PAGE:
In 1965, the American economist Kenneth Boulding popularized the phase “Spaceship Earth” expressing his concern about the fragility of our planet. His logic went something like this: since the Earth’s resources are finite, just as bacteria growing in a Petri dish will eventually exhaust their resources, we too must sooner or later run up against the Earth’s limits. This is a deep current in contemporary environmentalism and one expressed today in the New York Times by Thomas Friedman. As my friend Roger Meiners observes, this line is “…a timeless classic that always sells well.”
Wait, wait, I’ve seen this movie before!
One of the earliest examples is Fairfield Osborn’s 1948 book, Our Plundered Planet. In 1970, the definitive work of this movement, The Limits To Growth, was published. Limits To Growth predicted that, at present rates of consumption, supplies of many important commodities would be exhausted by 1992. More recently the Archbishop of Canterbury called for an end to economic growth to save the planet, and the World Wildlife Fund warns that we are consuming 20 percent more natural resources a year than the Earth can provide.
Economic growth is neither designed nor intended to ruin the Earth. And while it is true that nature has sometimes been destroyed in the quest for economic growth, the aim of economic development is to generate resources that improve the condition of humanity. Across time and cultures, we have reaped the benefits, as technological advances and economic growth have proved the only sure path to a cleaner, safer environment. (For a sobering look at the condition of the “people’s” air and water, check this link out.)
This quest for progress benefits not only present generations, but future ones as well. By using natural resources to create wealth today, we increase the probability that those yet unborn will be able to meet their material needs better than any preceding generation. Prosperity, now and in the future, increases the odds that we will avoid a life that Thomas Hobbes described as “solitary, poor, nasty, brutish, and short.”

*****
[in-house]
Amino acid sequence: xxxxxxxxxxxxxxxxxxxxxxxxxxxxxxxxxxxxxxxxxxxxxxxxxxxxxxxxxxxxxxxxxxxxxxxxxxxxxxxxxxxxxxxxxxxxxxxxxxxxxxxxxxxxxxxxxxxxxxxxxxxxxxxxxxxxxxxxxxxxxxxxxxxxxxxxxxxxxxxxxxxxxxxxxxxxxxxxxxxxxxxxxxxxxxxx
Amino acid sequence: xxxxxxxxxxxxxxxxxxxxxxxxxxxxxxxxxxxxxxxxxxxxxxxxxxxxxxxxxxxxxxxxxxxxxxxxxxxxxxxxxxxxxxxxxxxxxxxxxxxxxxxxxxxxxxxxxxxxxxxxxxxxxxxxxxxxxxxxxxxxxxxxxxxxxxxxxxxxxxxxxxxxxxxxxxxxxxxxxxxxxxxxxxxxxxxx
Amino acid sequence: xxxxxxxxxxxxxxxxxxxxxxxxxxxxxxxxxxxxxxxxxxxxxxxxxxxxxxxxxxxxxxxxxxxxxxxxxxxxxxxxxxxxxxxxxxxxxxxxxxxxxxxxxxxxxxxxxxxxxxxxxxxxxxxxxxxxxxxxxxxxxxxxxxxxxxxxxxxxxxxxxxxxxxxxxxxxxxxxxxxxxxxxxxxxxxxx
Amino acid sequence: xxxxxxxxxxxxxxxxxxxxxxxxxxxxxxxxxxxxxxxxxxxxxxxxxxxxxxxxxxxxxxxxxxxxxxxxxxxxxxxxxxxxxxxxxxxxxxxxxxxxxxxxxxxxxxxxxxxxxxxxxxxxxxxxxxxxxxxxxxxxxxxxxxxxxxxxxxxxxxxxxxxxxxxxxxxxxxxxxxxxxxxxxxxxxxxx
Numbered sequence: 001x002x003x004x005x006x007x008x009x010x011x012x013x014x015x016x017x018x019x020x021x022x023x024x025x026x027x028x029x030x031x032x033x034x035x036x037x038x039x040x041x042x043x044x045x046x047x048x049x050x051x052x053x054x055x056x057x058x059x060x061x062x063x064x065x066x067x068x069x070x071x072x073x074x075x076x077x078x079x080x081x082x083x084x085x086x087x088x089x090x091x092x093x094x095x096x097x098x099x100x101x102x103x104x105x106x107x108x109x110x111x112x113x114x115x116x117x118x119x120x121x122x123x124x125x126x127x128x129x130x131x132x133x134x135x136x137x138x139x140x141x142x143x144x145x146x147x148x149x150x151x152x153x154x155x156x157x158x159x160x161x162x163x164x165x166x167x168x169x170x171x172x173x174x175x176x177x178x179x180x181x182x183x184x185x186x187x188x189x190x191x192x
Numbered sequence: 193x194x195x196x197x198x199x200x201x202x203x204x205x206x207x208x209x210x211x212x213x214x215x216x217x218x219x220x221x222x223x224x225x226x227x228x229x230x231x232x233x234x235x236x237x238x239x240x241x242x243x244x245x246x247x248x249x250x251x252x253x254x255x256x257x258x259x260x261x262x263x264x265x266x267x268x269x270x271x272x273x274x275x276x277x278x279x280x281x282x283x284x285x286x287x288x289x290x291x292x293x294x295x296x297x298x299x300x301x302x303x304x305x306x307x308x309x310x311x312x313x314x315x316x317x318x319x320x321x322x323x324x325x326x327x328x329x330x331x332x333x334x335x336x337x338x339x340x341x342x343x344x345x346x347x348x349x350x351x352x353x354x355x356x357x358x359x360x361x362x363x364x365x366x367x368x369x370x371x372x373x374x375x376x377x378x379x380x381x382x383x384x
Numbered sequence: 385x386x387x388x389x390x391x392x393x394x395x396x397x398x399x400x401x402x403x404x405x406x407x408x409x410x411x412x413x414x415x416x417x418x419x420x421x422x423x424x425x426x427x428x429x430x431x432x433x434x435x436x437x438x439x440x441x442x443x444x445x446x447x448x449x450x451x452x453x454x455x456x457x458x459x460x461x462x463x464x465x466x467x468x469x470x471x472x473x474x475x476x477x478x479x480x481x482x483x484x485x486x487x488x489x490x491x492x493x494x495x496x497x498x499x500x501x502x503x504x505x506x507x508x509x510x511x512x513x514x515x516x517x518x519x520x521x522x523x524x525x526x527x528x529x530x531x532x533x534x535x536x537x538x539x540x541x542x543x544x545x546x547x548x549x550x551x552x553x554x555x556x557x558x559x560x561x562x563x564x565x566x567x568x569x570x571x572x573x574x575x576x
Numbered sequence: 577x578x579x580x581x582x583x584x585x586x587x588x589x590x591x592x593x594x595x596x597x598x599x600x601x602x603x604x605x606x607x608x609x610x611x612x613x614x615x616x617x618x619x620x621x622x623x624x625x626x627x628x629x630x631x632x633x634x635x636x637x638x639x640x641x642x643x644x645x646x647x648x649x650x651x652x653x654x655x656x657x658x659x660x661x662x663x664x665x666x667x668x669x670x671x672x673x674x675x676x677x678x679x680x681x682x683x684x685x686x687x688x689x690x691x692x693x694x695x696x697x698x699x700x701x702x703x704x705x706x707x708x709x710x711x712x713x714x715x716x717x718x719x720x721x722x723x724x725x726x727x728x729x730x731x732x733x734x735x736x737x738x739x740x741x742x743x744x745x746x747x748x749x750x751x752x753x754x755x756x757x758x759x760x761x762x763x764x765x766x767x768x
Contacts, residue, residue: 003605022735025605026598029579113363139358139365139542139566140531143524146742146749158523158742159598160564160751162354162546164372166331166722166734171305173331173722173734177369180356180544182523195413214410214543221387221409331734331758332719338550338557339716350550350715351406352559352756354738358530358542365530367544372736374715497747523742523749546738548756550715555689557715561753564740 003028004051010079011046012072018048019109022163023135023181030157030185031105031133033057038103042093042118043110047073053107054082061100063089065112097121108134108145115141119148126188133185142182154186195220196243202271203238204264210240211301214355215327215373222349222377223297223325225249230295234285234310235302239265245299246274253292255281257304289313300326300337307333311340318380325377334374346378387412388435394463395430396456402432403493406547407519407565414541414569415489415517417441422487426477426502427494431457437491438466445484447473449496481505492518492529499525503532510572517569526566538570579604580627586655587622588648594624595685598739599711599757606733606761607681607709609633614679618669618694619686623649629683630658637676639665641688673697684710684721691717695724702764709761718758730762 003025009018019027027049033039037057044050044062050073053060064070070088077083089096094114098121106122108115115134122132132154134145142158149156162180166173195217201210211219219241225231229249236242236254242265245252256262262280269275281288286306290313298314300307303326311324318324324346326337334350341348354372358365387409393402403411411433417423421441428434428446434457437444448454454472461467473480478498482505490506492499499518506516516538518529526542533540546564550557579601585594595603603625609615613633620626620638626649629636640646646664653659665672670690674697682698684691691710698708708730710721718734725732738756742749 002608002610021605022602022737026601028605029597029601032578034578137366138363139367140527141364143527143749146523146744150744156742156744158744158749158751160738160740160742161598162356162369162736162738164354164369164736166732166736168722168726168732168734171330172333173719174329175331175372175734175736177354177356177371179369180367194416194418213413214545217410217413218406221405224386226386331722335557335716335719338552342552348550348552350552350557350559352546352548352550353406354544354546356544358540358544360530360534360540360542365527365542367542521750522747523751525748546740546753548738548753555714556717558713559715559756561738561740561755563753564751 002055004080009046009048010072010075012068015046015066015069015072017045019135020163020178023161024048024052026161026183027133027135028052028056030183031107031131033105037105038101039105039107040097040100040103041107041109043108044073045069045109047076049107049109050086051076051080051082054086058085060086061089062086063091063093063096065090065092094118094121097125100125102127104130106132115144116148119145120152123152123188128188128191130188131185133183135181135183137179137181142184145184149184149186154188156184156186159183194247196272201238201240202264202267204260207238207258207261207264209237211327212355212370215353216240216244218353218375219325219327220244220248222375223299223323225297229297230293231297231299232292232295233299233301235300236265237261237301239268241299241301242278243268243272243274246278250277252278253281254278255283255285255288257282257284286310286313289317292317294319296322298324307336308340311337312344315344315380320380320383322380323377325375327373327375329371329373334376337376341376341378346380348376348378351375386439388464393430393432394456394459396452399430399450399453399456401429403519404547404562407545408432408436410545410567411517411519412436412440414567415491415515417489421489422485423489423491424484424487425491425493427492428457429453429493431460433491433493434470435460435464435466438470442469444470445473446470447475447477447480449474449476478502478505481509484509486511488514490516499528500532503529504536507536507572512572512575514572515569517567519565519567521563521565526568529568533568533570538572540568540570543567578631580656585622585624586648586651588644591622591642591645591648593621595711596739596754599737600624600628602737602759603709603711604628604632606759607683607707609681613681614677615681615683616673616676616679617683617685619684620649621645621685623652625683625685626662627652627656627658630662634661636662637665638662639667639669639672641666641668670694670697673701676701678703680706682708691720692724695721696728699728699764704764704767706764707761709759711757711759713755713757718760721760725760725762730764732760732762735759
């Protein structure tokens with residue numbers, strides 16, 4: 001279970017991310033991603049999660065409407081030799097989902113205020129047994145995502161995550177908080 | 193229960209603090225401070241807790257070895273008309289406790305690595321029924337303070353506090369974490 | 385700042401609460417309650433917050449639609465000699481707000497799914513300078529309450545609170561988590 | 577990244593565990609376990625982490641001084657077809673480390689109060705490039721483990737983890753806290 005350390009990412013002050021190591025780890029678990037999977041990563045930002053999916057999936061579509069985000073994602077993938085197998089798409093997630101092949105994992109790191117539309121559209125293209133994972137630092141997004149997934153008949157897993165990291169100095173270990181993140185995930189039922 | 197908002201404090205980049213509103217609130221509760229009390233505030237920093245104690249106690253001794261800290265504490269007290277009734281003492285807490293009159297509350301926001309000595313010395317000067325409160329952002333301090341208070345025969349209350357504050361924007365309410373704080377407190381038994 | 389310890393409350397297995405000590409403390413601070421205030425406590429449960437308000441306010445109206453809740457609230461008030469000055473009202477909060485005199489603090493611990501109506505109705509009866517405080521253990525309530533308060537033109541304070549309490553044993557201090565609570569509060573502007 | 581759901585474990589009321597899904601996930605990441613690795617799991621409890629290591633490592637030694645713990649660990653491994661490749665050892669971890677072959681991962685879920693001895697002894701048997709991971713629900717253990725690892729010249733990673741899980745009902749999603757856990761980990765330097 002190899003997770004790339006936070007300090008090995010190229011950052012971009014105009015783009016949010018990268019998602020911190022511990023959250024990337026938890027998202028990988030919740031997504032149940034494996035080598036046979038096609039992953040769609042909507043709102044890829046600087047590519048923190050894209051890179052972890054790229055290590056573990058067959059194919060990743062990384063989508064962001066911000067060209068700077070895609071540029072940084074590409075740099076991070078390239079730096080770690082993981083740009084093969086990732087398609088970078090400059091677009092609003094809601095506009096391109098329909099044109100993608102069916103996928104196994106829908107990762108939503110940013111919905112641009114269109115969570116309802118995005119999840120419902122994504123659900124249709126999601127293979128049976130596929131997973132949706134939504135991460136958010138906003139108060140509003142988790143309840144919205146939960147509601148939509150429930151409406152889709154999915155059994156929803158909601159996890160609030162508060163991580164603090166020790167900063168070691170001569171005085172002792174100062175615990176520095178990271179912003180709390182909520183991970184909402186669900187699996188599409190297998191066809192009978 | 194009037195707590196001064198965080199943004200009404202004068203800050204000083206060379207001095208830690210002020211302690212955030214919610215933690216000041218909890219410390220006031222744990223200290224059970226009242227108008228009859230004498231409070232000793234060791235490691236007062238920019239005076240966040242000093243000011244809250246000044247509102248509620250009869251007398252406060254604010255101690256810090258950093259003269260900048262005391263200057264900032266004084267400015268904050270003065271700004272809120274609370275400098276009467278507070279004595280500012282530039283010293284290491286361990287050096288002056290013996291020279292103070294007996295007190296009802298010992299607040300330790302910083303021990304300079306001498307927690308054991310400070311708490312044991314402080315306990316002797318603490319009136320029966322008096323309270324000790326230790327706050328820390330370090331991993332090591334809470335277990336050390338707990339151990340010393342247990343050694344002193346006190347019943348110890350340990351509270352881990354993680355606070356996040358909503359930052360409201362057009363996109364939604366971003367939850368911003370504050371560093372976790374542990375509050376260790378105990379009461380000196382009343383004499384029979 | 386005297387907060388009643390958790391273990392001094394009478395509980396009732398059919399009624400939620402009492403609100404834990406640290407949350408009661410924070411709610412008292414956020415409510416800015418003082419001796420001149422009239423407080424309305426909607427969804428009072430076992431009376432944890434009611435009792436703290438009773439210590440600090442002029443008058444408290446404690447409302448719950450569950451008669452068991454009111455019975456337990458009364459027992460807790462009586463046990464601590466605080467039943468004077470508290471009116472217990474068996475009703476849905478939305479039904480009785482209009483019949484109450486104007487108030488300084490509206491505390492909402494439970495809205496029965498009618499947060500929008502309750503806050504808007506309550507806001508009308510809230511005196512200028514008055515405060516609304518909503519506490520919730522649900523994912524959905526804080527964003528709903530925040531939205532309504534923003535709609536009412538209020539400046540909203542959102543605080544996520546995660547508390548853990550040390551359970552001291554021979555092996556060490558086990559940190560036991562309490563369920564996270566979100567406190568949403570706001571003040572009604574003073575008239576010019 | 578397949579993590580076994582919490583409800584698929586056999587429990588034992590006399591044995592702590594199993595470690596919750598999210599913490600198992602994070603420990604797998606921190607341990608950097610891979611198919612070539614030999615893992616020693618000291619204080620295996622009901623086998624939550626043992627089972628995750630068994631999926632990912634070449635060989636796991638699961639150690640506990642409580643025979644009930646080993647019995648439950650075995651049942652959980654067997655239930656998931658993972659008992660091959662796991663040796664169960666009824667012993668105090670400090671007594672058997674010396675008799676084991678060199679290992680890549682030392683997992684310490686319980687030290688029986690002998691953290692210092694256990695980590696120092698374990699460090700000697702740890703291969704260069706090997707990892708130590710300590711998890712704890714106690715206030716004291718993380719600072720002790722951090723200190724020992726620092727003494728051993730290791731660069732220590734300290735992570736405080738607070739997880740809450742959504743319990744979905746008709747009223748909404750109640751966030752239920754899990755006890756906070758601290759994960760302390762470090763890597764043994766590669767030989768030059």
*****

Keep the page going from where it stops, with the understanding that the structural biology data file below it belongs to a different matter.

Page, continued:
The Earth’s resources are not in any meaningful sense fixed. Every material that we consider a resource was at one time worthless. The economist Erich Zimmermann explains. “Previous to the emergence of man, the earth was replete with fertile soil, with trees and edible fruits, with rivers and waterfalls, with coal beds, oil pools, and mineral deposits; the forces of gravitation, of electro-magnetism, of radio-activity were there; the sun set forth its life-bringing rays, gathered the clouds, raised the winds; but there were no resources.”
“Resources are, reserves become.” Not until human creativity goes to work does any physical thing become useful and valuable. This explains how many resources are evermore abundant and less expensive in the face of growing consumption.
Our manipulation of resources fosters economic progress. This allows us time to participate in our communities, create a responsible and enjoyable culture, and live long and fulfilling lives. Our technology frees us from drudgery, cleans our water, powers medical equipment, and fuels the jet turbines and diesel engines that make global trade possible. In sum, all this allows us to fulfill the most basic of our aspirations, i.e., improving the wellbeing of our loved ones.
Progress over the past 100 years has been stunning. Life expectancy has more than doubled from a world average of only 30 years in 1900, rising to 46 years by 1950, and is now for (both sexes) 66.57 years. The World Health Organization thinks life expectancy will increase to 73 years by 2020. This is an unprecedented improvement in the condition of humanity.
The idea that economic growth must be curtailed is cruel tragedy in a world where billions of people still live in dire poverty.